Ask the Expert: Two options for spouse
My late husband left me his 457 deferred compensation plan. The plan administrator says I must begin taking annual distributions from his plan in the year that my husband would have turned 701/2. The distributions are determined by my life expectancy. But my broker says this is incorrect, and if I transfer the funds in the plan to an IRA in my name, there will be no required distributions based on my husband's prior ownership. Can you tell me who is right?
They're both right. They're just talking about different things.
As a surviving spouse, you have two options. The plan administrator is talking about the first option: You remain the beneficiary on your late husband's account, either by leaving the account in the 457 plan, or by transferring it to a correctly titled inherited IRA. The advantage of staying the beneficiary is that you can tap the account without an early-withdrawal penalty anytime, regardless of your age. The downside: You must take your first minimum annual distribution (based on your life expectancy) in the year your husband would have turned 701/2.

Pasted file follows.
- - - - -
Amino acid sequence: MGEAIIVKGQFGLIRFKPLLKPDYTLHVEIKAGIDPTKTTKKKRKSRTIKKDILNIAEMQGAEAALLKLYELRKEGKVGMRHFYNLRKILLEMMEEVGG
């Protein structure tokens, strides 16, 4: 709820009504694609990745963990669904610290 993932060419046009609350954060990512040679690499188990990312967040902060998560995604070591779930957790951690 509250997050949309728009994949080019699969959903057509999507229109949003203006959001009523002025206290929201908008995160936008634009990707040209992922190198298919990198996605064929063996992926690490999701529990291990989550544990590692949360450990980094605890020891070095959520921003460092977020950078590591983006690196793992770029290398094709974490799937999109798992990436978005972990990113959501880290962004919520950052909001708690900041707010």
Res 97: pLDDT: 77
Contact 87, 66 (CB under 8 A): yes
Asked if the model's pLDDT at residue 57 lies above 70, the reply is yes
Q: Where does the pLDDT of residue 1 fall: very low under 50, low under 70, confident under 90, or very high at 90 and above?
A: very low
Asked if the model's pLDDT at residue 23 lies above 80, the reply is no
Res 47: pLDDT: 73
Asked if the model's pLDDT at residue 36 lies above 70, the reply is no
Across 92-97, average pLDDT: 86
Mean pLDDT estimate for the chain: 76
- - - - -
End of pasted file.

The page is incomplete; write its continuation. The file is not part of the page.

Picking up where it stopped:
The broker is talking about the second option, which is to transfer the plan to an IRA in your own name. The advantage of that option is that you won't have to start taking minimum annual distributions until after you turn 701/2. The downside is that as the owner, you can't take penalty-free distributions until you're 591/2.
One solution is to remain the account beneficiary until the year before you must start taking distributions based on your husband's ownership, and then transfer the account into an IRA in your own name.
The bottom line A surviving spouse can transfer an inherited retirement account into his or her own name.
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